#1
  1. No Profile Picture
    Registered User
    Devshed Newbie (0 - 499 posts)

    Join Date
    Feb 2008
    Posts
    29
    Rep Power
    0

    Substituting with a group leaves me with extra stuff, why?


    Hello all,

    I'm confused by the way regexps in Perl are behaving. When I do this:

    Code:
    my $somename =~ s/^(.+?)\s+\(\d{4}\).*$/\1/;
    $somename is left with a newline special character at the end? Why? I could easily chomp the result, but I would expect that the substitution would whack off the newline special character for me. What am I missing?

    Thnaks for any help.
  2. #2
  3. Transforming Moderator
    Devshed Supreme Being (6500+ posts)

    Join Date
    Mar 2007
    Location
    Washington, USA
    Posts
    14,141
    Rep Power
    9398
    Normally a . will not match newlines and $ will match the end of a line (or the entire string).

    Try adding the /s flag.

    Comments on this post

    • s2cuts agrees : /s works
    • ishnid agrees
  4. #3
  5. No Profile Picture
    Registered User
    Devshed Newbie (0 - 499 posts)

    Join Date
    Feb 2008
    Posts
    29
    Rep Power
    0
    After doing some more reading, it seems this is the normal behavior in Perl and some other languages. Edit: Thanks requinix, yup the /s flag gives the functionality that I'm looking for.

    http://www.regular-expressions.info/anchors.html

    Strings Ending with a Line Break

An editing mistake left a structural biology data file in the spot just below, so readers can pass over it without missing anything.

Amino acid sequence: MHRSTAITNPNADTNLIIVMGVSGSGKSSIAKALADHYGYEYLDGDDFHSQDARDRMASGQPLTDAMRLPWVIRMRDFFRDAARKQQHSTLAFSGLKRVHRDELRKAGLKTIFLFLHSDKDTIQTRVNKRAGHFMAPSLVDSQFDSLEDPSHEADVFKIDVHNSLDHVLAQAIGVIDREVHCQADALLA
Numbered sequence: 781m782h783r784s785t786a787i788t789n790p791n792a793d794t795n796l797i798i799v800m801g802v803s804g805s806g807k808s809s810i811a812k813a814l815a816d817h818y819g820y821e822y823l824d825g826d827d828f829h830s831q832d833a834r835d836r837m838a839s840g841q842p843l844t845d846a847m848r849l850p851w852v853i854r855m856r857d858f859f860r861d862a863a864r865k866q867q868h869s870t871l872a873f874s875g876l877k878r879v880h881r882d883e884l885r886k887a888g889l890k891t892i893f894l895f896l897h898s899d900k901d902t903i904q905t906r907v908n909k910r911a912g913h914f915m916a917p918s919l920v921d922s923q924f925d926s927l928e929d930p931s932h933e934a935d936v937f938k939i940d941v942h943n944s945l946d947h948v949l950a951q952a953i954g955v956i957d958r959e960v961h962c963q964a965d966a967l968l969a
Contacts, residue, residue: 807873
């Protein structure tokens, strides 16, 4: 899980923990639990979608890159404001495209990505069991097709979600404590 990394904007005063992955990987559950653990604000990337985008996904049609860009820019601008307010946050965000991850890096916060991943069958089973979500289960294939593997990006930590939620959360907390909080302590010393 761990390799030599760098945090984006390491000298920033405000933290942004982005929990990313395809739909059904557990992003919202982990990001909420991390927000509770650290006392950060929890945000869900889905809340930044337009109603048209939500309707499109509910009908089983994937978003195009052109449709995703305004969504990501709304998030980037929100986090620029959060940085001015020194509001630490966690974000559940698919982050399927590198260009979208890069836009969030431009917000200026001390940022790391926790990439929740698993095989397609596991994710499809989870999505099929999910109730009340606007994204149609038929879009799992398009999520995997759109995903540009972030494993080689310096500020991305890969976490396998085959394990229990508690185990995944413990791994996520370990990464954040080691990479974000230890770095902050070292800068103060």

Even though \Z and $ only match at the end of the string (when the option for the caret and dollar to match at embedded line breaks is off), there is one exception. If the string ends with a line break, then \Z and $ will match at the position before that line break, rather than at the very end of the string. This "enhancement" was introduced by Perl, and is copied by many regex flavors, including Java, .NET and PCRE. In Perl, when reading a line from a file, the resulting string will end with a line break. Reading a line from a file with the text "joe" results in the string joe\n. When applied to this string, both ^[a-z]+$ and \A[a-z]+\Z will match joe.

    If you only want a match at the absolute very end of the string, use \z (lower case z instead of upper case Z). \A[a-z]+\z does not match joe\n. \z matches after the line break, which is not matched by the character class.

IMN logo majestic logo threadwatch logo seochat tools logo